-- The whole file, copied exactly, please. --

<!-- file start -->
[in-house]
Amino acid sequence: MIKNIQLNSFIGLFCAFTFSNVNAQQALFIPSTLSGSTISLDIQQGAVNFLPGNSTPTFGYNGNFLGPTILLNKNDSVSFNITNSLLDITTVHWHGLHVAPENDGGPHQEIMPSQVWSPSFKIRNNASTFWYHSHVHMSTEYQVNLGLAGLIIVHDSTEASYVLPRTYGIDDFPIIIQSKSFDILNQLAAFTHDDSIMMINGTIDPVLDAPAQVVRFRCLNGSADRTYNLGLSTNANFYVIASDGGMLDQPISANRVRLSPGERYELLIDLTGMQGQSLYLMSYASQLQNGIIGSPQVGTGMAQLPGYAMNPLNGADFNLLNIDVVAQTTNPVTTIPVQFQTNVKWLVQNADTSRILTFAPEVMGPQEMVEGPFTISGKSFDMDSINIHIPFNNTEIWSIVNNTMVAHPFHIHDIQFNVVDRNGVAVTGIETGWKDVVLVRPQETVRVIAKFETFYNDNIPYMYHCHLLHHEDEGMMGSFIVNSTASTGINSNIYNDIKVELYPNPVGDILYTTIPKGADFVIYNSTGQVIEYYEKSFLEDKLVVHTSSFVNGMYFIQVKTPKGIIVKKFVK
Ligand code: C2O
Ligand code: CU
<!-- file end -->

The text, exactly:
[in-house]
Amino acid sequence: MIKNIQLNSFIGLFCAFTFSNVNAQQALFIPSTLSGSTISLDIQQGAVNFLPGNSTPTFGYNGNFLGPTILLNKNDSVSFNITNSLLDITTVHWHGLHVAPENDGGPHQEIMPSQVWSPSFKIRNNASTFWYHSHVHMSTEYQVNLGLAGLIIVHDSTEASYVLPRTYGIDDFPIIIQSKSFDILNQLAAFTHDDSIMMINGTIDPVLDAPAQVVRFRCLNGSADRTYNLGLSTNANFYVIASDGGMLDQPISANRVRLSPGERYELLIDLTGMQGQSLYLMSYASQLQNGIIGSPQVGTGMAQLPGYAMNPLNGADFNLLNIDVVAQTTNPVTTIPVQFQTNVKWLVQNADTSRILTFAPEVMGPQEMVEGPFTISGKSFDMDSINIHIPFNNTEIWSIVNNTMVAHPFHIHDIQFNVVDRNGVAVTGIETGWKDVVLVRPQETVRVIAKFETFYNDNIPYMYHCHLLHHEDEGMMGSFIVNSTASTGINSNIYNDIKVELYPNPVGDILYTTIPKGADFVIYNSTGQVIEYYEKSFLEDKLVVHTSSFVNGMYFIQVKTPKGIIVKKFVK
Ligand code: C2O
Ligand code: CU